IHCA Urge That Patients Must Remain the Priority
The Irish Hospital Consultants Association (IHCA) says that patients must remain the priority as their members struggle to meet the demand of assessing and treating increasing numbers of people without the required hospital capacity, Consultant staffing or essential resources.
Newly appointed IHCA President, Professor Rob Landers, said that demand has long since outstripped supply when it comes to acute hospital care and called for a laser-like focus on the two things every patient relies upon most—beds and Consultants.
The IHCA has previously warned that some 5,000 hospital beds are needed by 2030, alongside significant increases in Consultant staffing levels to treat patients. But with 40% less hospital specialists than the EU average and over 900 permanent posts vacant or filled on a temporary basis, Prof. Landers is increasingly concerned about the continued exodus of highly trained medical and surgical talent from the Irish health service.
Prof. Landers said, “studies undertaken by colleagues have quantified that almost 8 in every 10 Consultants are screening positive for burnout. You look at the numbers—some 910,000 people waiting to be assessed and treated by a hospital consultant, over 900 permanent hospital consultant posts unfilled, and you worry. When you see the working conditions and demands placed on people in a hospital environment, in particular non-consultant doctors who are in the formative part of their careers, you worry.”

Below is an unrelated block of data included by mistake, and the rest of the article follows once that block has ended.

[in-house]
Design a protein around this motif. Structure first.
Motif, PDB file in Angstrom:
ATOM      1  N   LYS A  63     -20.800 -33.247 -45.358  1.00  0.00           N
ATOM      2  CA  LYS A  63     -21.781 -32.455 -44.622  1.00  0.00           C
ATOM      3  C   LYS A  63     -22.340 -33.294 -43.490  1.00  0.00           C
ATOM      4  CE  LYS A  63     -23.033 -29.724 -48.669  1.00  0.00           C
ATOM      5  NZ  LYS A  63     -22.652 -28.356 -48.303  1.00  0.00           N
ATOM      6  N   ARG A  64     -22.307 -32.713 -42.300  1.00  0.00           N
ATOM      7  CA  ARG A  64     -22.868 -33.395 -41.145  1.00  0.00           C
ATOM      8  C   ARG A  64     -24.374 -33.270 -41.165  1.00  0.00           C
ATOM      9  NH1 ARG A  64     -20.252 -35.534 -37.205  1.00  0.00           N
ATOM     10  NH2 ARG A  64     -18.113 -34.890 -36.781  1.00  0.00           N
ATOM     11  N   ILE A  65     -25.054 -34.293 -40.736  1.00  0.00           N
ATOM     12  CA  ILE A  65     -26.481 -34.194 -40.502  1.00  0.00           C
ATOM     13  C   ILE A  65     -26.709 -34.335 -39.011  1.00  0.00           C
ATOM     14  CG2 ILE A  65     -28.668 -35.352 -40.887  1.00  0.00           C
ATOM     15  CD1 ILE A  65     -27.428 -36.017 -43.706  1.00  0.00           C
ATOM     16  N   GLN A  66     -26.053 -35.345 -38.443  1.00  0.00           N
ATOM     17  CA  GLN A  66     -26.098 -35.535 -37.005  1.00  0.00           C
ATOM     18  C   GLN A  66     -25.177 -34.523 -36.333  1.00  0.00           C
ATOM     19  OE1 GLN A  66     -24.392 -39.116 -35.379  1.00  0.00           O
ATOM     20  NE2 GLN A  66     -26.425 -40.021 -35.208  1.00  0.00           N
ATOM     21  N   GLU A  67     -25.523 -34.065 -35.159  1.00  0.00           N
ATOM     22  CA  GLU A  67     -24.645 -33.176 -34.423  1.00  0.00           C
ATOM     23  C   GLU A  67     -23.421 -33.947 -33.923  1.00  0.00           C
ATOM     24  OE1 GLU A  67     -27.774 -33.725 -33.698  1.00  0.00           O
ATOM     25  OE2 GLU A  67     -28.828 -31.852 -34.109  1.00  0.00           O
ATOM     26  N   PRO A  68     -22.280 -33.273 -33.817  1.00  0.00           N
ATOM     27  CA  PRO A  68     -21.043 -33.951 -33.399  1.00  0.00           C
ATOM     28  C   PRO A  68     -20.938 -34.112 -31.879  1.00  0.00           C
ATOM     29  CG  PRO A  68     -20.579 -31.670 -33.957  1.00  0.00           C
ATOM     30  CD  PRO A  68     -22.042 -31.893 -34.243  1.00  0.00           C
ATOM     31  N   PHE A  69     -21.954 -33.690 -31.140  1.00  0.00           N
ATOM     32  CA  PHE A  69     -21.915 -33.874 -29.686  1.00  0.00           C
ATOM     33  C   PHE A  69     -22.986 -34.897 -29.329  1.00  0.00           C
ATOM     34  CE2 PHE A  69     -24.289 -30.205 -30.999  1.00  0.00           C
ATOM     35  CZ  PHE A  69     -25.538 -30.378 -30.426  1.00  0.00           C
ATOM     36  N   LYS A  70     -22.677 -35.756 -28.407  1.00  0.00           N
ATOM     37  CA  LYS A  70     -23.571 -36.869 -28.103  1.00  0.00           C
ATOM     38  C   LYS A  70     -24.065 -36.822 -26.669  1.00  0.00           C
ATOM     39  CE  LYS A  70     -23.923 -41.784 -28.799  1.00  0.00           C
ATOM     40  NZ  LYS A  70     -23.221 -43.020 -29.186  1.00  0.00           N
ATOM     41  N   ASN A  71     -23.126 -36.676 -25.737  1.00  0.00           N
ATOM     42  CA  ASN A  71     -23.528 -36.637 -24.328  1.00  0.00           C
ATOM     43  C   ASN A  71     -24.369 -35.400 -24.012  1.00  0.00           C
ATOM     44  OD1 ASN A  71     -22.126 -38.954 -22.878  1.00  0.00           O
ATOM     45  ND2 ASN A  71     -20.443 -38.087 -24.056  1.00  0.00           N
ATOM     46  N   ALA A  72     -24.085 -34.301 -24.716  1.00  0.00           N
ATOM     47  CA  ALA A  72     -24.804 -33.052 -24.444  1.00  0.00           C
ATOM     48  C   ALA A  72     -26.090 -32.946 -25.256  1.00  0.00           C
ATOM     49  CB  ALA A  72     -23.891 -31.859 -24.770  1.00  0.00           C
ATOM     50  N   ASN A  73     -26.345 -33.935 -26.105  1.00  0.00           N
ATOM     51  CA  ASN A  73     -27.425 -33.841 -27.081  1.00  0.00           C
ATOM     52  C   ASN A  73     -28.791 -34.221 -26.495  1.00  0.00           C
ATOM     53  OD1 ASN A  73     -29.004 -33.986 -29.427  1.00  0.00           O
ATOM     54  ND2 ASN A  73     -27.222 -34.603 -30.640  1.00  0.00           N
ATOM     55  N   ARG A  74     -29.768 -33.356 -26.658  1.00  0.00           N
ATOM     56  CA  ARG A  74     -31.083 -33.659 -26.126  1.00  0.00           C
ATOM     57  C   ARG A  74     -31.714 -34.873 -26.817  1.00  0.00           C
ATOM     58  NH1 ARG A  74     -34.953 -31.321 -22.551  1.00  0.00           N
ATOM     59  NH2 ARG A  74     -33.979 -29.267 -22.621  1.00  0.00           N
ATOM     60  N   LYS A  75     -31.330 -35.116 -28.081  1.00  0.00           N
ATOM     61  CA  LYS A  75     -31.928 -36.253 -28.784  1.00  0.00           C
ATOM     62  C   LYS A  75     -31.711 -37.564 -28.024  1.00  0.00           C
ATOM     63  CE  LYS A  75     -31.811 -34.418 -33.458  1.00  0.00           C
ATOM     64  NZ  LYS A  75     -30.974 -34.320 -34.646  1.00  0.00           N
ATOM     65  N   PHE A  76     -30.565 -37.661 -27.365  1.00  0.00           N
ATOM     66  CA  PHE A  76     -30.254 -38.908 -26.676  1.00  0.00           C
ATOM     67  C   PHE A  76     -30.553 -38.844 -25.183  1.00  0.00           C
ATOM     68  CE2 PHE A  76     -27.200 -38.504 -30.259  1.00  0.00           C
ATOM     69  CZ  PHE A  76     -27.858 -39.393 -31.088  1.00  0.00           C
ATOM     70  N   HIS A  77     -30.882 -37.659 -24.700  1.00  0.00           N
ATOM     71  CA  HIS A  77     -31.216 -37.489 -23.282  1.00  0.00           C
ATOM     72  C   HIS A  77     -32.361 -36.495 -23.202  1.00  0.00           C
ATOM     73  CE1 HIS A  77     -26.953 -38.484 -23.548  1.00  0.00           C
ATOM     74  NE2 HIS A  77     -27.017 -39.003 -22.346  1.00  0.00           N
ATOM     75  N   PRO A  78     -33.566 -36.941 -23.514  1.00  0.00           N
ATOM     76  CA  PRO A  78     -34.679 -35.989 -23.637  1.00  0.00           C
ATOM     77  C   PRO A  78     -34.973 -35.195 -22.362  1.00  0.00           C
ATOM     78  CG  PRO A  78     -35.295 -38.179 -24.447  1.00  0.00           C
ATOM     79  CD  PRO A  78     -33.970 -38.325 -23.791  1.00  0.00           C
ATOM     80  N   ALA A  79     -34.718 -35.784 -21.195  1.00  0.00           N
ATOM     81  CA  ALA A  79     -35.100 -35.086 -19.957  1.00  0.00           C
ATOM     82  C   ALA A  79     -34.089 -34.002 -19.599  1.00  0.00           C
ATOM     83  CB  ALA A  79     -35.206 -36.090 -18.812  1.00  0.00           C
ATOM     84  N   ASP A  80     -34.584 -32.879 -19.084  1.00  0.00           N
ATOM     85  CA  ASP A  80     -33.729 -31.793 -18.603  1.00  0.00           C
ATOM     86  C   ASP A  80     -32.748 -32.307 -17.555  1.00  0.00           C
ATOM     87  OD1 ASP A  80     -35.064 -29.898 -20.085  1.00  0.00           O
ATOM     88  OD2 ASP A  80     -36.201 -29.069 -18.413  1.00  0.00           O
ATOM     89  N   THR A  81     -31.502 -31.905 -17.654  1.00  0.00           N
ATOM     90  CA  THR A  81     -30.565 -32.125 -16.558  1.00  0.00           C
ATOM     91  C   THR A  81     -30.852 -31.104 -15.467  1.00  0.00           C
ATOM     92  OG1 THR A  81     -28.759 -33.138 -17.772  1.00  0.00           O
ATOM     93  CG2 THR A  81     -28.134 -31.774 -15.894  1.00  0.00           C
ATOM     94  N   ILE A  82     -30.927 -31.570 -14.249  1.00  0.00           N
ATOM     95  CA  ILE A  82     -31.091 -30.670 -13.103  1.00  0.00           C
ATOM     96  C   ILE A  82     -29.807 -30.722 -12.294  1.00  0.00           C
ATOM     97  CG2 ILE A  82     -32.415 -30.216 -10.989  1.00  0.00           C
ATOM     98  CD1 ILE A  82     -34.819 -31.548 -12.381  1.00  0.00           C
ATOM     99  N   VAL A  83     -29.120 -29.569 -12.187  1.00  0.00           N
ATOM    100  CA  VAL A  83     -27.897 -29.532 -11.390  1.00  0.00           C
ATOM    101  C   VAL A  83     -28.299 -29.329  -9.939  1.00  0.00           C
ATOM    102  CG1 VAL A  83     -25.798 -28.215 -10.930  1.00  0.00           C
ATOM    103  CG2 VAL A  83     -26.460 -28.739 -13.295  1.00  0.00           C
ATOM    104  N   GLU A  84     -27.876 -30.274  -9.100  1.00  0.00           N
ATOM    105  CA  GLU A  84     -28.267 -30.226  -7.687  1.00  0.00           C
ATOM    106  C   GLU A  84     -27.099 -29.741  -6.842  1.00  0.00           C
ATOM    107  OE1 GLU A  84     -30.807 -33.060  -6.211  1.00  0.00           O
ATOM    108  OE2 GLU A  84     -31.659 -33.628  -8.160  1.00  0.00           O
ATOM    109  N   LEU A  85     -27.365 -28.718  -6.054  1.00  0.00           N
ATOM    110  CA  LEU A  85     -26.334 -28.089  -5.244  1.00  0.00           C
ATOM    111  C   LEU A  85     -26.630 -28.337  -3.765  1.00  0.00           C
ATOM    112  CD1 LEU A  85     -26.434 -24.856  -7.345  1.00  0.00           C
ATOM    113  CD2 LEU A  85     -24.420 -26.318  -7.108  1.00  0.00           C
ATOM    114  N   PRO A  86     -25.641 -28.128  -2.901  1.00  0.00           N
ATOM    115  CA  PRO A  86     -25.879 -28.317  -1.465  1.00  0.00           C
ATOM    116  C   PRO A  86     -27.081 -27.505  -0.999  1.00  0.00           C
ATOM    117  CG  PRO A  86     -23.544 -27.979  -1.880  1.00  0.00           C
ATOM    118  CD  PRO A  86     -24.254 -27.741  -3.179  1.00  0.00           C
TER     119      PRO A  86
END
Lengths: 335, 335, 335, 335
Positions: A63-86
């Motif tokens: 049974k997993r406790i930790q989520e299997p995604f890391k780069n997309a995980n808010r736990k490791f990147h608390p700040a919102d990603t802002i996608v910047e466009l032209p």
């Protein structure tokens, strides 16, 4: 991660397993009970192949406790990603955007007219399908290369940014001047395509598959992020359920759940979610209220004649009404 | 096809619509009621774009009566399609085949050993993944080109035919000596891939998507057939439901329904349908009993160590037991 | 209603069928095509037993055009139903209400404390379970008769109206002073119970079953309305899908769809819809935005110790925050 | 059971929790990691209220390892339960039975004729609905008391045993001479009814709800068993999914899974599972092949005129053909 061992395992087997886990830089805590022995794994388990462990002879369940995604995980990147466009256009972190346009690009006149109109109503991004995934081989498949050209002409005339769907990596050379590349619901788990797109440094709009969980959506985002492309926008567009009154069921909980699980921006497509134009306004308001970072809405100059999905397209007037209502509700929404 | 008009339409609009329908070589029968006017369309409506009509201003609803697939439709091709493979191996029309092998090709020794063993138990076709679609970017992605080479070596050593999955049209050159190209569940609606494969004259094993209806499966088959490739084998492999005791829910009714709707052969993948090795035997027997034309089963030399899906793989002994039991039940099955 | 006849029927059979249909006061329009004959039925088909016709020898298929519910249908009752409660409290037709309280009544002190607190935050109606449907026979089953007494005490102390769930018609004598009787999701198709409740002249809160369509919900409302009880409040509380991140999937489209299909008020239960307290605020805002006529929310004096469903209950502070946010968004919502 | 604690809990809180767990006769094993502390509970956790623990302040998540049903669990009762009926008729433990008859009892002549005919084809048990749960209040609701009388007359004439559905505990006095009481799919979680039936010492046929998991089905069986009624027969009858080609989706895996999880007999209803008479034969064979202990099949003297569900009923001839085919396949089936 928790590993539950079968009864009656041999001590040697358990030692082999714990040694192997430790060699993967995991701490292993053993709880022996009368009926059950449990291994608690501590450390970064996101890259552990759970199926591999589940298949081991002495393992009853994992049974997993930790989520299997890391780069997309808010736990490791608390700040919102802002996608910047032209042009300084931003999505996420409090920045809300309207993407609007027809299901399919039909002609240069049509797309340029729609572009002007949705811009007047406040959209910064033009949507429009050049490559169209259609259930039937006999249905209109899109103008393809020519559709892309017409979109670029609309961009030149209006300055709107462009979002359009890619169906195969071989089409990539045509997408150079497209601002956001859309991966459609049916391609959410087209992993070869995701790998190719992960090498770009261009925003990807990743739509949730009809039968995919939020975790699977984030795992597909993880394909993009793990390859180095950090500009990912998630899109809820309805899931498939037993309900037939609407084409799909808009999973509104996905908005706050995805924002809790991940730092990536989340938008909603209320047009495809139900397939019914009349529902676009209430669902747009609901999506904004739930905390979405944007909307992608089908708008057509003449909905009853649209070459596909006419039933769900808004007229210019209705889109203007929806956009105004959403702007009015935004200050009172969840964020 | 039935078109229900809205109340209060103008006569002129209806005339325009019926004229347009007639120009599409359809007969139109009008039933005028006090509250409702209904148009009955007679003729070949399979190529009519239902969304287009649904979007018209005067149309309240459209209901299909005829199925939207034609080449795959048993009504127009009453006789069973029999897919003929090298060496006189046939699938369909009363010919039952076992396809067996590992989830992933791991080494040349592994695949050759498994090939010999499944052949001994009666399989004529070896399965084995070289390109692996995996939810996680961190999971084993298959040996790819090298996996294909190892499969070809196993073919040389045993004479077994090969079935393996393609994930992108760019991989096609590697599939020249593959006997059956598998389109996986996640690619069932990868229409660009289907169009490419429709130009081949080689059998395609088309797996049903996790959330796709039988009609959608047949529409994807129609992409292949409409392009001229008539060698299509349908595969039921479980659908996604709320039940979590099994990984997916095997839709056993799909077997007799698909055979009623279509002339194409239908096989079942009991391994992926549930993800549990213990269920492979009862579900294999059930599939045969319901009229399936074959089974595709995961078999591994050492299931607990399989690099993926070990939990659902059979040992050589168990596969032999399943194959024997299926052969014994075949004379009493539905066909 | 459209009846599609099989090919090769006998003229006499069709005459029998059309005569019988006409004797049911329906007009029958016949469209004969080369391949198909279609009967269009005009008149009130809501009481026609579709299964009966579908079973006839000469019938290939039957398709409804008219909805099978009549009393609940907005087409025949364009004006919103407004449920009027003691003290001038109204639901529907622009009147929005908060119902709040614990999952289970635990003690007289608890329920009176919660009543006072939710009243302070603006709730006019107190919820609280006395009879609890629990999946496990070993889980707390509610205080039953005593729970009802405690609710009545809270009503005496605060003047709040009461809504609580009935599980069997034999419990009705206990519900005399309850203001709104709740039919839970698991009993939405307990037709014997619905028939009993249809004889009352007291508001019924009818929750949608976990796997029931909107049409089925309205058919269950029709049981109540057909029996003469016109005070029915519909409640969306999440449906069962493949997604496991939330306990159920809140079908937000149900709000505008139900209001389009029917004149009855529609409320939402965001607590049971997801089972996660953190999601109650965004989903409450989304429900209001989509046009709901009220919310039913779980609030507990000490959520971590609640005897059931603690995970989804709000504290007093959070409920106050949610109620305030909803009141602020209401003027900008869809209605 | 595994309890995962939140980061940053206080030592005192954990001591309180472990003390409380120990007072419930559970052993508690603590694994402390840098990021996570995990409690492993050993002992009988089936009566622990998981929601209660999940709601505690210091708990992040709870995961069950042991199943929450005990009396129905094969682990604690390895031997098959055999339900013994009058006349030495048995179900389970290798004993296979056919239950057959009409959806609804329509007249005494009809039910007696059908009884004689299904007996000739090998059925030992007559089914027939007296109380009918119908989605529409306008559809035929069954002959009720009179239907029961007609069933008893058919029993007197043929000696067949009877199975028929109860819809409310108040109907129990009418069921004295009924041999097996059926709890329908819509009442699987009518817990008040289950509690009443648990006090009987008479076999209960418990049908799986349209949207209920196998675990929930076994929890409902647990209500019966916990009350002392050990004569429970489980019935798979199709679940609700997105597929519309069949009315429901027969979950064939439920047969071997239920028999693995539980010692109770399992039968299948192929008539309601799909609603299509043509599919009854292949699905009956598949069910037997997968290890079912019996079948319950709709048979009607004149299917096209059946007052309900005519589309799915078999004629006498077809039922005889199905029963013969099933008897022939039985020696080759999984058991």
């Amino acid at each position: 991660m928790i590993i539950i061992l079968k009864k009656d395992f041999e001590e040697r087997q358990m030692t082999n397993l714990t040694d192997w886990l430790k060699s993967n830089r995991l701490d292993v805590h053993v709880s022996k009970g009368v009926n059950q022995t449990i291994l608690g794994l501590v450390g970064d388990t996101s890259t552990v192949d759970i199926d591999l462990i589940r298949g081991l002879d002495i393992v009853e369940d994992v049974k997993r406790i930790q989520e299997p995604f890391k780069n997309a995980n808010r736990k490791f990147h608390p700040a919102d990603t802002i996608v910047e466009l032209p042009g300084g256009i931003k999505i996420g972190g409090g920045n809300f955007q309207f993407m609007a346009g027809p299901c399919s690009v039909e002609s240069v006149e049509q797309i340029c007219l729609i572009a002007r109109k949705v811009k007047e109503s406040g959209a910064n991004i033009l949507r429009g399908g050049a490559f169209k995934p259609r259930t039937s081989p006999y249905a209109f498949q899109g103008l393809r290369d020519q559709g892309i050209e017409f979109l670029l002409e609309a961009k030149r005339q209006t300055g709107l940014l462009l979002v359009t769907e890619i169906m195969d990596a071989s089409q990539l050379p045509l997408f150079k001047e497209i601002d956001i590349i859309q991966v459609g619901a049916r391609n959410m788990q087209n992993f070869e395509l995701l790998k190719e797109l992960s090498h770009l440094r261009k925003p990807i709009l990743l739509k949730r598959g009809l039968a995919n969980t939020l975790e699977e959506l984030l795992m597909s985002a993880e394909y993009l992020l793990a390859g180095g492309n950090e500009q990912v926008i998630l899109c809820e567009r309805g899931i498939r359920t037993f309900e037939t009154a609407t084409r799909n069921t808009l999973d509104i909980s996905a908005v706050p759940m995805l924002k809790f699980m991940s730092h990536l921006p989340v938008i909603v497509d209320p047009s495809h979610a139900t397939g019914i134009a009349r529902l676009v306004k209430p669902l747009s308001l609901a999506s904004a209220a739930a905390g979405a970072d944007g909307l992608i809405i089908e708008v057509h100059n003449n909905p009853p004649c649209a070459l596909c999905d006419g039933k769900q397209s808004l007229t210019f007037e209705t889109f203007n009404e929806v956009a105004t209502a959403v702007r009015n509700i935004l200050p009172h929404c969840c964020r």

The IHCA say they have additional concerns this Winter around the impact on hospitals of the cost-of-living crisis and the knock-on this may have on people’s ability to care for themselves at home or to access care from a professional.
‘’We do everything we can and should do to help, often in partnership with our health and social care colleagues. Because that is what we do. But the sustainability of such realities—for patients and us as the ones they depend upon are in focus like never before. The risk of blowout is crystalising.’’
There have been consistent calls on Government to incentivise highly skilled specialists to stay in the Irish health service by ending the decade-long pay inequity and restoring parity for Consultants appointed after 2012.
Prof. Landers says current contract negotiationsprovide that opportunity, “after a decade of turbulence, we should be doing everything possible to unify the health system and make it a place where highly skilled people want to practise. For too long, the numbers have been moving in the wrong direction. As a result, morale across the hospital landscape is teetering. Getting these contract discussions right is therefore a watershed moment—for those patients waiting too long for care.”